Governor Greitens (R) says he’s keeping all options open, including a special session, to address the federal REAL ID law and what he considers other legislative priorities. Bills offered this session would allow Missourians to choose if they want an ID that is compliant with the federal REAL ID law.
Starting in 2018, Missourians won’t be allowed to board planes unless a state law is passed that complies with stricter federal identification standards for homeland security and immigration purposes. There are already additional ID restrictions underway for entry into federal buildings and military bases.
“People in the state of Missouri need to be able to use their state ID to get on a plane and go watch a grandkids graduation, or go and see a sick parent or sick relative,” Greitens tells Missourinet Moberly affiliate KWIX radio. “They need to get on a military base.”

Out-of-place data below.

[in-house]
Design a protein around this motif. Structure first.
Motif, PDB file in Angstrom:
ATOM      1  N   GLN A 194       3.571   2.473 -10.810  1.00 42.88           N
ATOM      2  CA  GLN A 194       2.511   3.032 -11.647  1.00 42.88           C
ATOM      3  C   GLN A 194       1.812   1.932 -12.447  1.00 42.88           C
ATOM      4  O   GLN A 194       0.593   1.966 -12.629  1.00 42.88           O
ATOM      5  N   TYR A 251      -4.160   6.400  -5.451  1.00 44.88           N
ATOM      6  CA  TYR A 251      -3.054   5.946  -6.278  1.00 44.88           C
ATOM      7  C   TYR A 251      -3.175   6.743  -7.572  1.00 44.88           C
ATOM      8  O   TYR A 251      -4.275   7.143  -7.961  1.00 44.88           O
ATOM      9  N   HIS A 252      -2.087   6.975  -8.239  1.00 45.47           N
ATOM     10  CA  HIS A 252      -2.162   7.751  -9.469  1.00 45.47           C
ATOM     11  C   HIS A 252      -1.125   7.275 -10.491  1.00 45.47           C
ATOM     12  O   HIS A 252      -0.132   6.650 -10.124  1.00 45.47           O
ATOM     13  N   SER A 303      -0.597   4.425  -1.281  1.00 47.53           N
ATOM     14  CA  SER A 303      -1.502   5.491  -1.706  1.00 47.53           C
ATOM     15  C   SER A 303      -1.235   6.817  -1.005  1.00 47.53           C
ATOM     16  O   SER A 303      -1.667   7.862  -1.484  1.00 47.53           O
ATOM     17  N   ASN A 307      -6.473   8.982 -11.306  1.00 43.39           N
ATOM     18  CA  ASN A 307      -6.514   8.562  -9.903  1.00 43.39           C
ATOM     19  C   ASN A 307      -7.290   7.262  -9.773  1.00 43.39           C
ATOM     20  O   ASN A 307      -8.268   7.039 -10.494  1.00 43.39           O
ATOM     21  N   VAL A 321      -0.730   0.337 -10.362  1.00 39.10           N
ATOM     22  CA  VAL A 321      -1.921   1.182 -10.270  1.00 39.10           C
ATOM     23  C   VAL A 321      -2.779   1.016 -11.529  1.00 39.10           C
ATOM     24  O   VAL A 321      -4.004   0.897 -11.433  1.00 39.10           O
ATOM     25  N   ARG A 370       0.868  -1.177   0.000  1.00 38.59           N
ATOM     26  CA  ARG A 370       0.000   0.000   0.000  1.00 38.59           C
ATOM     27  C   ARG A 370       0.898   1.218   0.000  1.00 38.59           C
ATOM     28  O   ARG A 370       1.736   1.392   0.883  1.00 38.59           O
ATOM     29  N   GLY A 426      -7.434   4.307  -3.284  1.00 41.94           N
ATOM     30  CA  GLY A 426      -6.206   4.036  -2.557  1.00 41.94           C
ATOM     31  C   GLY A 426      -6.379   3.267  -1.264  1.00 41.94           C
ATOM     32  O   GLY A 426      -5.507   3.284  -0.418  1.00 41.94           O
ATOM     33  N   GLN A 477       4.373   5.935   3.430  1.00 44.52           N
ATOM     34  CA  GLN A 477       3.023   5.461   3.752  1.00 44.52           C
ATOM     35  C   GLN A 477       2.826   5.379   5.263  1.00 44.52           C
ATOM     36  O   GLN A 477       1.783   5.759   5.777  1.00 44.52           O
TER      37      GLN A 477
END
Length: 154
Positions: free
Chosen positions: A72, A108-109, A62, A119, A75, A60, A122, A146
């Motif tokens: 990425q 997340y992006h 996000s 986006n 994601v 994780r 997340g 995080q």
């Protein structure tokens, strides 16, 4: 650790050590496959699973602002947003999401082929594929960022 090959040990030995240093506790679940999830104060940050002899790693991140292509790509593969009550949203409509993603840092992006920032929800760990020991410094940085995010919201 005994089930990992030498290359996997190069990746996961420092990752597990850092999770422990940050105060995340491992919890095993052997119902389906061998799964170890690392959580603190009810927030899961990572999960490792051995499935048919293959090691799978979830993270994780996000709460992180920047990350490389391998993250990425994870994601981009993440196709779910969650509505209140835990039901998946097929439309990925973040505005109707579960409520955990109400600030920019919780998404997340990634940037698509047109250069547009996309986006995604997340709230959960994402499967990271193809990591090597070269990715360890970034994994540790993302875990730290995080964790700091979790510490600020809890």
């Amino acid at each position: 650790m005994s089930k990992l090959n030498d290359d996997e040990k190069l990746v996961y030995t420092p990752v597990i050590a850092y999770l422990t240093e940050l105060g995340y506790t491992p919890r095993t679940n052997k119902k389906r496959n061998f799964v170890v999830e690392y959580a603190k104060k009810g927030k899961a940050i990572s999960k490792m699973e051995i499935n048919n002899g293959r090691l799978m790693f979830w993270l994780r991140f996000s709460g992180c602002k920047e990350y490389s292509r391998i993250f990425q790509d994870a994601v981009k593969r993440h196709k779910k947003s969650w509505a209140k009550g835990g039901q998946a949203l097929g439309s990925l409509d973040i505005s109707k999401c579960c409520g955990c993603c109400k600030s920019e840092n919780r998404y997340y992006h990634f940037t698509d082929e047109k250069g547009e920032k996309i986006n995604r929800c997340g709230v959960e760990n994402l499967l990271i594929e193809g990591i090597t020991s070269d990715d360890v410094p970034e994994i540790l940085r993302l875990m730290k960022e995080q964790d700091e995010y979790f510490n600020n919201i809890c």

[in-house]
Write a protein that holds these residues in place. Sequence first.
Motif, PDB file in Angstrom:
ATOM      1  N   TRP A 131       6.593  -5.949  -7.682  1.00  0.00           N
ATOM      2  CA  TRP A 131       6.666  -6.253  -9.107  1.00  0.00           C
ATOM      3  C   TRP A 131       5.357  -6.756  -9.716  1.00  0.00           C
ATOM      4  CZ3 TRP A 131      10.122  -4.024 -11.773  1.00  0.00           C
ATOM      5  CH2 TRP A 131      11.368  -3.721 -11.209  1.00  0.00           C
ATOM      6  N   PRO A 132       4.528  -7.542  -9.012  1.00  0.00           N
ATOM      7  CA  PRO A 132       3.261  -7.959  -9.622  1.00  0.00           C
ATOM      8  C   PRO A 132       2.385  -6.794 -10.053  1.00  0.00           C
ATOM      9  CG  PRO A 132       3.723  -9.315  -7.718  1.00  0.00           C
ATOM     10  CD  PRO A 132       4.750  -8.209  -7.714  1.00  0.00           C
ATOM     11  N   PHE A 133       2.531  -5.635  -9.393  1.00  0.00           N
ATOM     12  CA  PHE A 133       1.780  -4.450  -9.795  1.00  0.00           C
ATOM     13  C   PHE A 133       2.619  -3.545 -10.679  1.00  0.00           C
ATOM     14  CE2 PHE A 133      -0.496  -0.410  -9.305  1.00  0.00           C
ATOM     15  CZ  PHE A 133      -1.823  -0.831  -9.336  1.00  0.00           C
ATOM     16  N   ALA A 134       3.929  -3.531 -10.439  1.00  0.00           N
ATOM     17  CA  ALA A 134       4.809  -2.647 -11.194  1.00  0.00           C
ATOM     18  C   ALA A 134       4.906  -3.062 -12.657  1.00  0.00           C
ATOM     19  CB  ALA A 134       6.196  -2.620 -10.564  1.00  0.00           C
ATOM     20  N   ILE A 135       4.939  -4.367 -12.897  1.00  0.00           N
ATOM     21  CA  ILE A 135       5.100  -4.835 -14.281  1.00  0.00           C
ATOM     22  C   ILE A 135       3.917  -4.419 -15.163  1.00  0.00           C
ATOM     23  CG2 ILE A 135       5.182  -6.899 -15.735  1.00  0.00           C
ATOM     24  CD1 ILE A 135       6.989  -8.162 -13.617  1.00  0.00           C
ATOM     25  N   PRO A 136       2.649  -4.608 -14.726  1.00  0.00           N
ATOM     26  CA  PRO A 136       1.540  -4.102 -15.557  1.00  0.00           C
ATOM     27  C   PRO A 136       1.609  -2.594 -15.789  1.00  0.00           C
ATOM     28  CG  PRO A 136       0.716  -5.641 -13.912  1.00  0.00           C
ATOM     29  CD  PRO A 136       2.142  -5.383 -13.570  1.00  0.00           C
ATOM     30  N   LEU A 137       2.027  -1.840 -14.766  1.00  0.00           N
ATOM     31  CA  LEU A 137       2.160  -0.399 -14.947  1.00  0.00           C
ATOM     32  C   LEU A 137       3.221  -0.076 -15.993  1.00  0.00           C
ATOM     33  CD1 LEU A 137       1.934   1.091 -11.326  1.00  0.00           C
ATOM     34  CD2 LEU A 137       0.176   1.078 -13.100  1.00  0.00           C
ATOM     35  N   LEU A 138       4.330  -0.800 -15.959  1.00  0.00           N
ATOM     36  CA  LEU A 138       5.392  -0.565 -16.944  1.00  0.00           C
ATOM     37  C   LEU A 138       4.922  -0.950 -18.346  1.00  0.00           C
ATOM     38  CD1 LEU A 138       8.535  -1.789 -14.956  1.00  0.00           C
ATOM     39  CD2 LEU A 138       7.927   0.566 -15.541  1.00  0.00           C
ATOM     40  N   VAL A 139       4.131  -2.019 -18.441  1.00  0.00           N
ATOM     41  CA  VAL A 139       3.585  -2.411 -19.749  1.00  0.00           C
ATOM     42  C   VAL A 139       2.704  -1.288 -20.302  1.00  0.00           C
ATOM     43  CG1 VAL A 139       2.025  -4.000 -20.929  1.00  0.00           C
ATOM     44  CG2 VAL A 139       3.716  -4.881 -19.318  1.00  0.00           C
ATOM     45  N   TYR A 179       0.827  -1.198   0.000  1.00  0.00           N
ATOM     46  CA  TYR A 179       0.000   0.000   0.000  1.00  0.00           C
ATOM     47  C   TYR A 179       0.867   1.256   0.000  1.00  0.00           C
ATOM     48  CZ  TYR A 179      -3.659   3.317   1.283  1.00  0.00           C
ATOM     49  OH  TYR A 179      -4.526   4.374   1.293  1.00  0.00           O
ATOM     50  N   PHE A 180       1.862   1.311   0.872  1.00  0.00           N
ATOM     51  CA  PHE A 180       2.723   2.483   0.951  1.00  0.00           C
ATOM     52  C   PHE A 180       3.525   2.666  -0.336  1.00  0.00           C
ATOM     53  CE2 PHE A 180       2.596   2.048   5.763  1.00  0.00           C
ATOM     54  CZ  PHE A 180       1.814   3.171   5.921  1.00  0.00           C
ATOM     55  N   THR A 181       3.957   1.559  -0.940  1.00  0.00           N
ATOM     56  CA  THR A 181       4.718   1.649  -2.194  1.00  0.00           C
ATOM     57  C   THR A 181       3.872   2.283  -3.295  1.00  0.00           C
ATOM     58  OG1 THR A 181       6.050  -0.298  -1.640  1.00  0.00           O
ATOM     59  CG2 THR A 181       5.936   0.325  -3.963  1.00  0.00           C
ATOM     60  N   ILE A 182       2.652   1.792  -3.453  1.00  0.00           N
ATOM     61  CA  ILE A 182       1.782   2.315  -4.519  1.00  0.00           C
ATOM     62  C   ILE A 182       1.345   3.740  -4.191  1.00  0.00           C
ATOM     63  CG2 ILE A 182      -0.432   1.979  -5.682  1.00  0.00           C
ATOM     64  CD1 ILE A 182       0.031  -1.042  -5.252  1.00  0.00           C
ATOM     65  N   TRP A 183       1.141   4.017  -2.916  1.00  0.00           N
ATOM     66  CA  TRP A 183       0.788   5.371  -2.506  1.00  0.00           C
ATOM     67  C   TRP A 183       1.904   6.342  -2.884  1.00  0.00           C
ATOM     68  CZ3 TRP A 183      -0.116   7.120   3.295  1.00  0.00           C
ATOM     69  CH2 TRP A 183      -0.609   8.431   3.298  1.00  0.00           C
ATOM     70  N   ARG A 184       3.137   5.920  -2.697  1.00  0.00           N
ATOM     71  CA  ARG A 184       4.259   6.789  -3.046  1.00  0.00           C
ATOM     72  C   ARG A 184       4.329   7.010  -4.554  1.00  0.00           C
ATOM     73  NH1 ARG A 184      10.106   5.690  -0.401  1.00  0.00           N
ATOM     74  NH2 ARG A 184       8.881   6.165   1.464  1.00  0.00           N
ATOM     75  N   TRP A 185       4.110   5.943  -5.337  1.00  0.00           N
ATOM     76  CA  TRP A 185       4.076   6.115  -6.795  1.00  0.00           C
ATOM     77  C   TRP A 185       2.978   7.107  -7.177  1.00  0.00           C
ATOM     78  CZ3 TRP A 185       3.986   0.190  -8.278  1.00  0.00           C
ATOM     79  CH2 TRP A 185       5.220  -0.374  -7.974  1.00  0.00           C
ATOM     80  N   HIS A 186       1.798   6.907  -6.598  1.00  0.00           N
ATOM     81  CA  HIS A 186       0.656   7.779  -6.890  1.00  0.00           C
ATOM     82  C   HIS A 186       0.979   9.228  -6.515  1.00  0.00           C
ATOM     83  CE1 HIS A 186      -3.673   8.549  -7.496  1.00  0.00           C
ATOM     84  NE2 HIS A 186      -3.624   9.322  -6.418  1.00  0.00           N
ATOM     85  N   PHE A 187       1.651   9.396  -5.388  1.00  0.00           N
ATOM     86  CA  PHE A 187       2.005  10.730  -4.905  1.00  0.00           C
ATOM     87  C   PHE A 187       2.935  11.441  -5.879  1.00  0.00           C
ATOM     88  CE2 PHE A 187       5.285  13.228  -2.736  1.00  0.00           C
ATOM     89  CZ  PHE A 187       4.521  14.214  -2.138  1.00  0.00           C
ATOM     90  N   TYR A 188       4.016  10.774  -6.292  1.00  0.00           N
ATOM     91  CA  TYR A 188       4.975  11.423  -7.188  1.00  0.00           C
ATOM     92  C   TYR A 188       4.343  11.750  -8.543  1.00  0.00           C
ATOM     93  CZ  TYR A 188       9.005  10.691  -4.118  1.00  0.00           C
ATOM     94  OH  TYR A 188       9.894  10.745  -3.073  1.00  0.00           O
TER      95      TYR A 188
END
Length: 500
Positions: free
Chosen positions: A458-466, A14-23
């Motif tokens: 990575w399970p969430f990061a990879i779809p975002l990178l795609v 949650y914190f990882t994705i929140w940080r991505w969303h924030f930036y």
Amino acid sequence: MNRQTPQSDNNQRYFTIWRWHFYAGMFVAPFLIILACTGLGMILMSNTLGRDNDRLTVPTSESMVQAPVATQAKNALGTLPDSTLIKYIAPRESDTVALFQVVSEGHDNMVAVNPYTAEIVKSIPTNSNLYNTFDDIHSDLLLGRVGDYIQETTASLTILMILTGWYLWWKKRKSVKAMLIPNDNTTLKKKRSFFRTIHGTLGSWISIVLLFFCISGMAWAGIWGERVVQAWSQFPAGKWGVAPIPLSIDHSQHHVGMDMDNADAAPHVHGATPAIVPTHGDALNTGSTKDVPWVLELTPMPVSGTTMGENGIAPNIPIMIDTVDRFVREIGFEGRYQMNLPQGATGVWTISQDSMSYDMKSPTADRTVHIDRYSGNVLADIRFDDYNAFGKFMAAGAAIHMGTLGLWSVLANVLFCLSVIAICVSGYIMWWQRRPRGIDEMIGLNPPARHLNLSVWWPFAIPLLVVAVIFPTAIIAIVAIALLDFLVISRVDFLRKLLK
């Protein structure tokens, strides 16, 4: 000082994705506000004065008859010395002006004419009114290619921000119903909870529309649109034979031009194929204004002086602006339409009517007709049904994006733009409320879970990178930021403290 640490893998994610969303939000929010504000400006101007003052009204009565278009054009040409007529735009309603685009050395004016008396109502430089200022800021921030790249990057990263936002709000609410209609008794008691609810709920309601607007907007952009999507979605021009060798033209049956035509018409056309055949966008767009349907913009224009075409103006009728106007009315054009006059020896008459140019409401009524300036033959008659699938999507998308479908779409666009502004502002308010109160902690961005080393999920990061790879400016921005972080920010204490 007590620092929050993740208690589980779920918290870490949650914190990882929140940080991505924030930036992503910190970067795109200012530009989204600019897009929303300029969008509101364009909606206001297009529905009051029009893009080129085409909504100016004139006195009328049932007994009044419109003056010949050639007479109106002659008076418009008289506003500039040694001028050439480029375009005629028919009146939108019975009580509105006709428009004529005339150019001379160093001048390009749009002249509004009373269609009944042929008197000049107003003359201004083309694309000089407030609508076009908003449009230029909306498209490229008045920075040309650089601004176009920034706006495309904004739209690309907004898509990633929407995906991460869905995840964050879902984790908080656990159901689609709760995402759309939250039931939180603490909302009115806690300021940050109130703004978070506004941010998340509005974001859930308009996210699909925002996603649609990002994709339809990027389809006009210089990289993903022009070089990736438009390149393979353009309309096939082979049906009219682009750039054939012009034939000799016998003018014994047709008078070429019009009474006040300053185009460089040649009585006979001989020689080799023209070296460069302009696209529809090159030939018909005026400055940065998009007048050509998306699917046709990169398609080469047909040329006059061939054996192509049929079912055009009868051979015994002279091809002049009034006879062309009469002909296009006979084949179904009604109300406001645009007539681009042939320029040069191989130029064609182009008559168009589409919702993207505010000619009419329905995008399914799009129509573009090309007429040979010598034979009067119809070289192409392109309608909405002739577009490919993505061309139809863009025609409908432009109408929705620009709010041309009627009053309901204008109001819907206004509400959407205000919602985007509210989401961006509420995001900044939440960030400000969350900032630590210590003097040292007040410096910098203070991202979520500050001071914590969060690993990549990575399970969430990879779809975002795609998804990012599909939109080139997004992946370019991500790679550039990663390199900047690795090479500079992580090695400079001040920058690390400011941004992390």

Critics of the REAL ID law, including mostly Republicans, say it invades people’s privacy.
“It’s essential that this (REAL ID) get done. I’m committed to getting this done and we will get a solution,” says Greitens.
Since mid-April, Republicans bickering with other Republicans about different issues has slowed Senate business, virtually shutting down the chamber several times. The legislature has passed ten bills and five resolutions since the session began on January 4.
Under the state Constitution, the legislature must pass a balanced state budget by 6 p.m. on Friday. House and Senate budget negotiators have delayed public hearings several times this week.
The regular session ends May 12.
A special session would cost state taxpayers thousands of dollars.